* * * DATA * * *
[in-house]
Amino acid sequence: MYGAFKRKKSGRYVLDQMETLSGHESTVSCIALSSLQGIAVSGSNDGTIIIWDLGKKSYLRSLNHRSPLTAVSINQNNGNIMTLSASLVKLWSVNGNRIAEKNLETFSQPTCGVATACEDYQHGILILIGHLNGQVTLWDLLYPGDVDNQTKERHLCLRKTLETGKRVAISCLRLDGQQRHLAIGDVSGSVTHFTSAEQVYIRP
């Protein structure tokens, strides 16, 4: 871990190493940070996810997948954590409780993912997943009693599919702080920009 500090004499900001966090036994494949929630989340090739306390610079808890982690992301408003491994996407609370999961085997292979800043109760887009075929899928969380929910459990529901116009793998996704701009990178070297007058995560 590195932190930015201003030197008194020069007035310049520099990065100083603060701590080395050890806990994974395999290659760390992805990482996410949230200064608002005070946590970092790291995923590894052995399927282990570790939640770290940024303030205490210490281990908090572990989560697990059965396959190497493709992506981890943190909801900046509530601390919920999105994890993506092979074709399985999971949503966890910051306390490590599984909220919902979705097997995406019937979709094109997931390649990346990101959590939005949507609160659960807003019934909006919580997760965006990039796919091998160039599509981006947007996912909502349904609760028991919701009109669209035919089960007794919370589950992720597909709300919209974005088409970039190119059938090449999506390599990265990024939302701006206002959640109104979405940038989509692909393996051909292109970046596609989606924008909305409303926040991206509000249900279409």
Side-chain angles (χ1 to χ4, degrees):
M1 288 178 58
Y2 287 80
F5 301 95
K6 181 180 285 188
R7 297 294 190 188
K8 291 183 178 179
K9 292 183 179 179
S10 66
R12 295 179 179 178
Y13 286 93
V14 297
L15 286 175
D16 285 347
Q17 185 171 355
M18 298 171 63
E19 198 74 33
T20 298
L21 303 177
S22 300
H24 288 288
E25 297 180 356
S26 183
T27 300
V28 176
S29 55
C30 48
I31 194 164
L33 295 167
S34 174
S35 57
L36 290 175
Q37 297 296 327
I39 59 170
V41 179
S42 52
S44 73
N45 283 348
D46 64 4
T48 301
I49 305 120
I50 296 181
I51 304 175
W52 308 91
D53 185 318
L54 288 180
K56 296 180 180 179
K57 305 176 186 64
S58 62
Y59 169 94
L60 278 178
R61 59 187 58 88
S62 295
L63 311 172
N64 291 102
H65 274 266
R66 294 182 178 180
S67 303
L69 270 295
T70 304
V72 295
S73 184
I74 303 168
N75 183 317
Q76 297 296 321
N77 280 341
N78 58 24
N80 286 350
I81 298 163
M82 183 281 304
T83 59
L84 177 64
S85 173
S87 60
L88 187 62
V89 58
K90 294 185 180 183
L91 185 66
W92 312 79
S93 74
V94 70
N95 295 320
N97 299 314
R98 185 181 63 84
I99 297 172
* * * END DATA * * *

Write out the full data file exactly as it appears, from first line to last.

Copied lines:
[in-house]
Amino acid sequence: MYGAFKRKKSGRYVLDQMETLSGHESTVSCIALSSLQGIAVSGSNDGTIIIWDLGKKSYLRSLNHRSPLTAVSINQNNGNIMTLSASLVKLWSVNGNRIAEKNLETFSQPTCGVATACEDYQHGILILIGHLNGQVTLWDLLYPGDVDNQTKERHLCLRKTLETGKRVAISCLRLDGQQRHLAIGDVSGSVTHFTSAEQVYIRP
């Protein structure tokens, strides 16, 4: 871990190493940070996810997948954590409780993912997943009693599919702080920009 500090004499900001966090036994494949929630989340090739306390610079808890982690992301408003491994996407609370999961085997292979800043109760887009075929899928969380929910459990529901116009793998996704701009990178070297007058995560 590195932190930015201003030197008194020069007035310049520099990065100083603060701590080395050890806990994974395999290659760390992805990482996410949230200064608002005070946590970092790291995923590894052995399927282990570790939640770290940024303030205490210490281990908090572990989560697990059965396959190497493709992506981890943190909801900046509530601390919920999105994890993506092979074709399985999971949503966890910051306390490590599984909220919902979705097997995406019937979709094109997931390649990346990101959590939005949507609160659960807003019934909006919580997760965006990039796919091998160039599509981006947007996912909502349904609760028991919701009109669209035919089960007794919370589950992720597909709300919209974005088409970039190119059938090449999506390599990265990024939302701006206002959640109104979405940038989509692909393996051909292109970046596609989606924008909305409303926040991206509000249900279409």
Side-chain angles (χ1 to χ4, degrees):
M1 288 178 58
Y2 287 80
F5 301 95
K6 181 180 285 188
R7 297 294 190 188
K8 291 183 178 179
K9 292 183 179 179
S10 66
R12 295 179 179 178
Y13 286 93
V14 297
L15 286 175
D16 285 347
Q17 185 171 355
M18 298 171 63
E19 198 74 33
T20 298
L21 303 177
S22 300
H24 288 288
E25 297 180 356
S26 183
T27 300
V28 176
S29 55
C30 48
I31 194 164
L33 295 167
S34 174
S35 57
L36 290 175
Q37 297 296 327
I39 59 170
V41 179
S42 52
S44 73
N45 283 348
D46 64 4
T48 301
I49 305 120
I50 296 181
I51 304 175
W52 308 91
D53 185 318
L54 288 180
K56 296 180 180 179
K57 305 176 186 64
S58 62
Y59 169 94
L60 278 178
R61 59 187 58 88
S62 295
L63 311 172
N64 291 102
H65 274 266
R66 294 182 178 180
S67 303
L69 270 295
T70 304
V72 295
S73 184
I74 303 168
N75 183 317
Q76 297 296 321
N77 280 341
N78 58 24
N80 286 350
I81 298 163
M82 183 281 304
T83 59
L84 177 64
S85 173
S87 60
L88 187 62
V89 58
K90 294 185 180 183
L91 185 66
W92 312 79
S93 74
V94 70
N95 295 320
N97 299 314
R98 185 181 63 84
I99 297 172